I am broad agreement with Stephens' resistance against the vague isolation-leaning quasi-libertarian position. But there are two huge things that Stephens neglects, in advocating a return to Reagan-style and "the-good-W-only"-style policing and international engagement.

1) The big lesson from Iraq is that we have to proceed as if the nation will be similarly dividable by the left in future wars. The left will demagogue the slightest difficulties and mistakes in future wars, because a belief in militaristic and imperialistic U.S. is at the very heart of who they are. That means we have to have a for pol that gets clearer Dem party buy-in and commitment at every single step, and that we only pursue policies that can win over such support from half the Dems, and their key leaders. The likes of Obama are of course hopeless. They're not the Dems we'll have to be looking for, and have to be thinking of when drawing realistic "red lines" for the sake of international security. NO amount of quantifiable military might is going to alter that fundamental weakness of our own division-proclivity moving forward. It infects every agency, every command. This proclivity for quick political division in any real war led by the conservative half of the nation has to be assumed. It would do us and the world no good, for example, to fight Islamist advance in sub-Saharan Africa, which would actually be a good thing to do, if the price is the election of another Obama-type. The full ugliness of that, is that we will have to look certain victim nations and peoples in the eye and say, "We are too politically weak to help you, even though we do have the military power to do so." But there it is.

2) Stephens seems blind to the problem of our allies backing us into an imperial role (that among other things threatens our constitutional system), through a) their refusal to develop the politics or the defense budgets necessary for their potential military action, and b) their entangling our for pol and military decisions in international agency and international law governance. See, as a slogan, "leading from behind" was a good one. Any "return" to our global role after said "retreat" has got to find way of signalling greater caginess towards our allies. In part, this will simply be honesty, of the sort that says to our allies, "political opinion in our nation is only so reliable, and we are NOT going to 'insulate' for pol decisions from democratic say in ways that violate or verge-on-the-edge of violating our Constitution. You have to provide more for your self-defense."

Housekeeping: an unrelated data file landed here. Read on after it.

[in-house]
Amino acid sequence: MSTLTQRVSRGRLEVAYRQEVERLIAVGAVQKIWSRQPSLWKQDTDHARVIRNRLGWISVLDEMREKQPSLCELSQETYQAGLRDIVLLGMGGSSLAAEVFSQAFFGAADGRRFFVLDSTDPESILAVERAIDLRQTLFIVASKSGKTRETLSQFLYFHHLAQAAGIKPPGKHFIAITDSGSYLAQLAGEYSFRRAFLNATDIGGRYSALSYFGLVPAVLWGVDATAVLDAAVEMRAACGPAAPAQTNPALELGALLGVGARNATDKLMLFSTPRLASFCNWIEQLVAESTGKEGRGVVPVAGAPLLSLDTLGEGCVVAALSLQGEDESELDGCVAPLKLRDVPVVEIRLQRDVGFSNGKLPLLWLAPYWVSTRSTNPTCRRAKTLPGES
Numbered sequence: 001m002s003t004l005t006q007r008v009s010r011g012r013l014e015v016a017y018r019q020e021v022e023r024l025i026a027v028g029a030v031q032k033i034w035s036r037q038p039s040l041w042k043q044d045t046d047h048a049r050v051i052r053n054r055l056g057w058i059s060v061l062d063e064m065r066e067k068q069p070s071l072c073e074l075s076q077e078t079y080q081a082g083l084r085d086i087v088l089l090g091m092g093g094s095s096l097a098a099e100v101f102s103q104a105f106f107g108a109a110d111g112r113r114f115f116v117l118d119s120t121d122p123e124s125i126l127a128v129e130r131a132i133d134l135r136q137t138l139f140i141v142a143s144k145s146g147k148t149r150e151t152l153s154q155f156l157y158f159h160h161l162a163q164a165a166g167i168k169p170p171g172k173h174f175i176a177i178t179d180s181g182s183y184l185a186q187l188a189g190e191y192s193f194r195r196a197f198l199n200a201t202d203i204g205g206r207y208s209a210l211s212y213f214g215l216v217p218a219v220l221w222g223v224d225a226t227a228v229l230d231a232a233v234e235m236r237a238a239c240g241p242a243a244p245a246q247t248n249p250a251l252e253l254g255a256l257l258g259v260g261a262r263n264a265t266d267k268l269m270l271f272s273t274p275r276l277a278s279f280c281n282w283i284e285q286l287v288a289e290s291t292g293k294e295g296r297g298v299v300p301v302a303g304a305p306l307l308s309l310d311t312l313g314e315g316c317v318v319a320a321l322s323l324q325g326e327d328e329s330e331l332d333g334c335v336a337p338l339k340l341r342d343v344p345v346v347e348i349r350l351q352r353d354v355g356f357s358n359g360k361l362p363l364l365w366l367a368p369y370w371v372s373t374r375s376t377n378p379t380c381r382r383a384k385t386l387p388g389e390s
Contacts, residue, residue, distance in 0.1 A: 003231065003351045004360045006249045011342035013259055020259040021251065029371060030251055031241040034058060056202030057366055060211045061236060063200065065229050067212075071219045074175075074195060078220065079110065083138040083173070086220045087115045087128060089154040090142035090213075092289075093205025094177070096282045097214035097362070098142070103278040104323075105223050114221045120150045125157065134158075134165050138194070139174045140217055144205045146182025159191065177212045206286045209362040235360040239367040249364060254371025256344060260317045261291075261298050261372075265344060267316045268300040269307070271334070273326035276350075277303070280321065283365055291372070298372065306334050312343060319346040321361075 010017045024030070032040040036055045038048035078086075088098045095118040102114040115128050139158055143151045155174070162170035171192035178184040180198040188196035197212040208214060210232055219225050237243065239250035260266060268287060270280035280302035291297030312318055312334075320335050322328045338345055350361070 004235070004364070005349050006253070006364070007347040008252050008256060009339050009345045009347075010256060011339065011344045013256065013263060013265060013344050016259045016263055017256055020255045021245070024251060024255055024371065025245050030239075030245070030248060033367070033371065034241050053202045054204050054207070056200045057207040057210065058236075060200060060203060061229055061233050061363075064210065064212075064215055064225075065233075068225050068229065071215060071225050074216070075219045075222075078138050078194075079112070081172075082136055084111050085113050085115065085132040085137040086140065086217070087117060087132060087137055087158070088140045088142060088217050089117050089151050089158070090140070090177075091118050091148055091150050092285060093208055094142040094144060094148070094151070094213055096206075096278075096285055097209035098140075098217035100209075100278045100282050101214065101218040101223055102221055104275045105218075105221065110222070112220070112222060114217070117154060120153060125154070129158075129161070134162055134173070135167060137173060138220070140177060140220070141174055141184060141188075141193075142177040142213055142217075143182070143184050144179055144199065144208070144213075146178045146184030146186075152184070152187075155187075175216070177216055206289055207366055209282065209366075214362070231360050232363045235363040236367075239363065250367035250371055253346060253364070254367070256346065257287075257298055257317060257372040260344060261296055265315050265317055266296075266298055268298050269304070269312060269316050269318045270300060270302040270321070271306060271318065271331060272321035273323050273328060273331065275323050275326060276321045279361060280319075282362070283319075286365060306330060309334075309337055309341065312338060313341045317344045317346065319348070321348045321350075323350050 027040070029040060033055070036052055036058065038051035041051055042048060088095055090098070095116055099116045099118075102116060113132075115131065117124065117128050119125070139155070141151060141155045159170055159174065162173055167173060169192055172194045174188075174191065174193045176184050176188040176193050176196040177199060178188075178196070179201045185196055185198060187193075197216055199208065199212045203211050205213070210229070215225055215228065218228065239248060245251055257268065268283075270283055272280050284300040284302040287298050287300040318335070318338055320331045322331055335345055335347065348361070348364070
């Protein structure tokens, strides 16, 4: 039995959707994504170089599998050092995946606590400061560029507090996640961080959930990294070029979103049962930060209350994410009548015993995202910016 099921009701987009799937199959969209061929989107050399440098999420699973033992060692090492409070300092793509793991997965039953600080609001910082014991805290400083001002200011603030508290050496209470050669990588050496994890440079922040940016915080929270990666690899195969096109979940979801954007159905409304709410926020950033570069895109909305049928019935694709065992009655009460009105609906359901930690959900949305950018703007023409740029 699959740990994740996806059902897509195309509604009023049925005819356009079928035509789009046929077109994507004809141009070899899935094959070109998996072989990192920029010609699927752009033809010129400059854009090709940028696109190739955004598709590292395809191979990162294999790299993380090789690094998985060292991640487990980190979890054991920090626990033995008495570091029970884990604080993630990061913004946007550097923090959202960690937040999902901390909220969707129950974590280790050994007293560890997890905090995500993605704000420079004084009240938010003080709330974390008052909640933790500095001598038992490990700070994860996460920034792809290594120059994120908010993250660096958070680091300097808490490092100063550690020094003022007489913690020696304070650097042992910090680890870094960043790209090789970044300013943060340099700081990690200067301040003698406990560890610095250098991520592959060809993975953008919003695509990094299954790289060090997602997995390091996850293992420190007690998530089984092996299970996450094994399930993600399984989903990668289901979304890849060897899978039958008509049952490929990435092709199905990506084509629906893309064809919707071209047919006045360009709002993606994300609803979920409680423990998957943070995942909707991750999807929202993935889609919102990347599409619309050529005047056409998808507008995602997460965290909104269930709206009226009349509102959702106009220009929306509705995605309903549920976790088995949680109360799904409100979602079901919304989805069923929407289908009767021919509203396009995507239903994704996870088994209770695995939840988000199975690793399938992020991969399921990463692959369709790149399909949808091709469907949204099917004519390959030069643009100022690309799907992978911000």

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Carl Eric Scott
on March 24, 2015 at 22:03:03 pm

[…] And over at the Liberty Fund’s LibertyLawTalk series, Richard Reinsch converses with the Wall Street Journal‘s Bret Stephens about his important new book, America in Retreat: The New Isolationism and the Coming Disorder. You can listen or download the 48-minute podcast at this link. […]

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Image of The Latest in Alt-Media: Fukuyama and Stephens | Drawnlines Politics
The Latest in Alt-Media: Fukuyama and Stephens | Drawnlines Politics
on March 31, 2015 at 10:47:38 am

[…] Is America in Retreat? A Conversation with Bret Stephens […]

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Image of Public Union Power: A Conversation with Daniel DiSalvo - Freedom's Floodgates
Public Union Power: A Conversation with Daniel DiSalvo - Freedom's Floodgates
on April 08, 2015 at 20:26:27 pm

Wow. Such a shamefully Eurocentric comment.

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EssEm
on April 30, 2015 at 08:59:00 am

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Is America in Retreat? A Conversation with Bret Stephens | Online Library of Law & Liberty

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Heavy Haul Transportation company
on June 23, 2015 at 09:15:40 am

[…] Is America in Retreat? A Conversation with Bret Stephens […]

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Image of Russia, China, and Us: A Response to Mark Helprin - Freedom's Floodgates
Russia, China, and Us: A Response to Mark Helprin - Freedom's Floodgates

Law & Liberty welcomes civil and lively discussion of its articles. Abusive comments will not be tolerated. We reserve the right to delete comments - or ban users - without notification or explanation.